Dutch artist’s work captures Galileo’s light
In 1987, Dutch-born painter, Henk Pander, sat in NASA’s Jet Propulsion Lab in Pasadena, California and observed the construction of the Galileo Spacecraft. This spacecraft, named after famous astronomer Galileo Galilei and built for the purpose of studying Jupiter among other parts of the Solar System, stands as one of history’s most important assemblies. Not only did Pander watch and study Galileo’s construction, but his role at the JPL was to document this vital event in the history of space.
It is not rare that works of art Henk produces center around documenting particular points in history and the age of technology. His artistic career has been filled with national and state commissions as well as portraits, that are showcased in museums such as the Rijksmuseum in the Netherlands and the Portland Art Museum.
But there is something vastly unique about Henk’s work with NASA in comparison to the rest of his incredible portfolio. This unparalleled nature could be a result of his lifelong interest in astronomy, or it could be the contrast of his often brooding pieces, and his art with NASA; a subject that largely represents optimism and curiosity.
Henk’s role with NASA’s art program began with the acceptance of one of the first Individual Artists Fellowships from Oregon’s Arts Commission. With this fellowship, artists like Henk were funded to take on projects and experiences that beneficially influenced their career.
Henk’s journey revolved around traveling through deserts, where he began in Nevada and ended in Arizona. There, he visited various space age facilities and being welcomed by the guards, Henk captured landscapes and incidents, like painting the solar radiation at the Kitt Peak observatory, where his interest in capturing more grew tremendously.
In an entry Henk wrote for Sky & Telescope, “I am trying to assimilate this experience and turn it into paintings which convey, above all, my added sense of amazement at the cosmic structure of which we are a part.”
Henk’s celestial documentation didn’t end with the Galileo. In oils and watercolors, he continued to document the solar vacuum test, the Goldstone telescope in the Mojave Desert and in Cape Canaveral 1989, the launch of Atlantis space shuttle which carried his familiar Galileo.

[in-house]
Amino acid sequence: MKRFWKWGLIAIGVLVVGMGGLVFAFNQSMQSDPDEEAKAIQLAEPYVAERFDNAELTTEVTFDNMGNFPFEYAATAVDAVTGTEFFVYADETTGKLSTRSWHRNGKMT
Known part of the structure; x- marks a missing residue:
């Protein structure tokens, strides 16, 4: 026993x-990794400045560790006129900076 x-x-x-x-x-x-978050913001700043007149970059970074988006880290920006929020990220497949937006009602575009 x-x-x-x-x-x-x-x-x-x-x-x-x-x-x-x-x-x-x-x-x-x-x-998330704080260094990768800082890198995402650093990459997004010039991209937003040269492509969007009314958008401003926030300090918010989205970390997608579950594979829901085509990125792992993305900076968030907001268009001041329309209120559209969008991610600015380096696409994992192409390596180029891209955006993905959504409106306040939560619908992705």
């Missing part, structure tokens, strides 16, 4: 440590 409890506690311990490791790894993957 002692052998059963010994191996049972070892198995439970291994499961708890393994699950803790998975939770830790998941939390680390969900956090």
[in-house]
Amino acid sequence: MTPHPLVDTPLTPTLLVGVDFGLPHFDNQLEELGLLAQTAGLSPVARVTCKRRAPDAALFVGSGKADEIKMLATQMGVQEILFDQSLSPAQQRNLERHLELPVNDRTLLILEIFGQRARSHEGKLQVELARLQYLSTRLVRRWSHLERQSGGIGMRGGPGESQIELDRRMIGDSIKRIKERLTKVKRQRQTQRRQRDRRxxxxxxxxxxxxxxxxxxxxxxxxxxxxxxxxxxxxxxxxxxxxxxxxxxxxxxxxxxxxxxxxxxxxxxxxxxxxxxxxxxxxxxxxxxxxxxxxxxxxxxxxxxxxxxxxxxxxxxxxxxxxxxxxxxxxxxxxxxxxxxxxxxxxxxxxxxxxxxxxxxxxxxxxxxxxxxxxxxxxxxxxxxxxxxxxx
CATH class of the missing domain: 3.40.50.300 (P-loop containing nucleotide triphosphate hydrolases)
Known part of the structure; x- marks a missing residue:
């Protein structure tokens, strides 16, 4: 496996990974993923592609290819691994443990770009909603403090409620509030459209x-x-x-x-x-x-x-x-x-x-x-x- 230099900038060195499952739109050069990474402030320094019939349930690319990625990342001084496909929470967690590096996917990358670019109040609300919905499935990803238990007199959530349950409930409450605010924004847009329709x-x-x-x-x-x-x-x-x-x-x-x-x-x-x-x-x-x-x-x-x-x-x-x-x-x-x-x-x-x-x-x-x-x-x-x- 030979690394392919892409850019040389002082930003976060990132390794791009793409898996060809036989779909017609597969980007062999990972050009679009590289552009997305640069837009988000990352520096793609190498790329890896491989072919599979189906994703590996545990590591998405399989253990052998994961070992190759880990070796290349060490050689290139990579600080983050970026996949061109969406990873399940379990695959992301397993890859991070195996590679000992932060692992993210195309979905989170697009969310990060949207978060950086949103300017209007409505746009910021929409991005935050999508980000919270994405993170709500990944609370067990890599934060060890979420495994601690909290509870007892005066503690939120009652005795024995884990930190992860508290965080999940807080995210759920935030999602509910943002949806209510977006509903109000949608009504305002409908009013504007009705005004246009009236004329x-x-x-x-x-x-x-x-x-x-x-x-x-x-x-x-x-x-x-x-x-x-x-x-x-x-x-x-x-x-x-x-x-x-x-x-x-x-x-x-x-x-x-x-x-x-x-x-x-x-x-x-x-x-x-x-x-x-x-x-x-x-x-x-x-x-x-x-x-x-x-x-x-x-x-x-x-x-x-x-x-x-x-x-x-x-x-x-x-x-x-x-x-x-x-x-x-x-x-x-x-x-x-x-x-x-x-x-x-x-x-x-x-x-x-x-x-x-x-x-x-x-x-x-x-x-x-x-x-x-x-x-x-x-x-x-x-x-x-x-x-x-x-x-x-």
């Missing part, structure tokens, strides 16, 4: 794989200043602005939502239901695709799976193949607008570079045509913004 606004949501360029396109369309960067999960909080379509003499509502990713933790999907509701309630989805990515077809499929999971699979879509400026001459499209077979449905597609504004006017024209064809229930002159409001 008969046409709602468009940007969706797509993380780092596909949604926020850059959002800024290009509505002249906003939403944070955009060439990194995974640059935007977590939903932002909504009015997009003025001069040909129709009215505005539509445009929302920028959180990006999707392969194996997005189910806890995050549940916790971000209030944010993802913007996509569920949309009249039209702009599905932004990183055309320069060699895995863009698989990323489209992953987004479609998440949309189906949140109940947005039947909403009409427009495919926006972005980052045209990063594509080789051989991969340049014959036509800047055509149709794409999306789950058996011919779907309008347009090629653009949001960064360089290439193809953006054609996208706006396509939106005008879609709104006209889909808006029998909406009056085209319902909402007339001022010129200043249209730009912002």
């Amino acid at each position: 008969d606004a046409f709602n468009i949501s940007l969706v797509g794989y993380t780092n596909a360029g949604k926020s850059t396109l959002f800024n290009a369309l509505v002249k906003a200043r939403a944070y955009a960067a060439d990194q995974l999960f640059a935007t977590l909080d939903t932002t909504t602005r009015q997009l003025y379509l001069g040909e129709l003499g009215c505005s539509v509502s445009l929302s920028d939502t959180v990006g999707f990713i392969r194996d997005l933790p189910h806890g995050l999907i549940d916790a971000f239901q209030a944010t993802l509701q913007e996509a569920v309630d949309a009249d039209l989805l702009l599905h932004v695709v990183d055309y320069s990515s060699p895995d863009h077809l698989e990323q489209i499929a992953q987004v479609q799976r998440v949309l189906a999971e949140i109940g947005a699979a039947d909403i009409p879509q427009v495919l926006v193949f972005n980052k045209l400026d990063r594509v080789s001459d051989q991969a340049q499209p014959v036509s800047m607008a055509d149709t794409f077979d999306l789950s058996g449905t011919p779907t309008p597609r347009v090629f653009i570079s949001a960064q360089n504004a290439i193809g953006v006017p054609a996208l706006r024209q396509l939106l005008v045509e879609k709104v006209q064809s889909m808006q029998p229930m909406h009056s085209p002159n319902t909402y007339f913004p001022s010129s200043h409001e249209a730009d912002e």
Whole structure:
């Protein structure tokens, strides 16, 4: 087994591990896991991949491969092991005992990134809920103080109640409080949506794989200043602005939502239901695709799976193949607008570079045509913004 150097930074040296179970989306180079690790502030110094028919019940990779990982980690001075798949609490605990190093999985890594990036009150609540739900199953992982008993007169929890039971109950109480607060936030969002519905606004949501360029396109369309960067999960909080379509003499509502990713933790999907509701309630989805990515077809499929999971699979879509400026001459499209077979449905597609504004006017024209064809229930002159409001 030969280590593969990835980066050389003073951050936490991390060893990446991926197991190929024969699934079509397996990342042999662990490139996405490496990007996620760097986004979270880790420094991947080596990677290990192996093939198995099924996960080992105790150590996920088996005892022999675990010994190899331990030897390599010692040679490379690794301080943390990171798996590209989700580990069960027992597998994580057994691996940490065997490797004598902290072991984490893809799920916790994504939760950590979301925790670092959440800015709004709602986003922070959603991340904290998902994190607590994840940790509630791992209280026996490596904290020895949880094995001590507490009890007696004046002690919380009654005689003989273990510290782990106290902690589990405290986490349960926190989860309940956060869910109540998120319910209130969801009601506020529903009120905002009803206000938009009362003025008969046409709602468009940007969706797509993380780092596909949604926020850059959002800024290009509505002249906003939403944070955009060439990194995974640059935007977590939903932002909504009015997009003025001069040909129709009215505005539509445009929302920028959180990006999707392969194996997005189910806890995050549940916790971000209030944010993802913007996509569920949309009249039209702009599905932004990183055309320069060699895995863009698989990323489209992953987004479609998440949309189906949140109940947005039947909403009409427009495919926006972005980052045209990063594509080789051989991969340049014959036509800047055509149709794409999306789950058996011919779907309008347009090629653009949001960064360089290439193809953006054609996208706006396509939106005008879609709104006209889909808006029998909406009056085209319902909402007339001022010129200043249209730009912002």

His works of art during this period with NASA not only chronicled technological fabrication, but captured the scientists hard at work and attempted, if possible, to reveal the unbelievable amount of exertion put into each aspect of studying space. Henk’s paintings as part of the NASA Art Team have been shown in the JPL Library, NASA Art Collection, Oregon’s Museum of Science, Cape Canaveral, among others.
“Galileo looked dark, huge, forbidding, and rather sculptural. Simple volumes, but mysterious and inexplicable. It expressed great power. Built around it was an eight foot aluminum platform with a stair entry. A huge translucent curtain filled the opening. Long, triangular-zippered walls allowed one to enter.
Only men in white doctor suits with white caps were allowed inside. They were working on the blanketing to protect the spacecraft from the heat. Since it will fly close to Venus, it will be exposed to the incredible heat and cold at once. I was allowed to work right in the middle of all this activity.”- An excerpt from Henk Pander’s “Galileo Diaries”, 1988
The preceding was written by Cather Stewart, an associate of Henk Pander and should be considered a release issued on his behalf.
The preceding is a press or news release either issued by one of the space agencies or by an aerospace firm or organization. The views expressed in the above post do not necessarily reflect those of SpaceFlight Insider.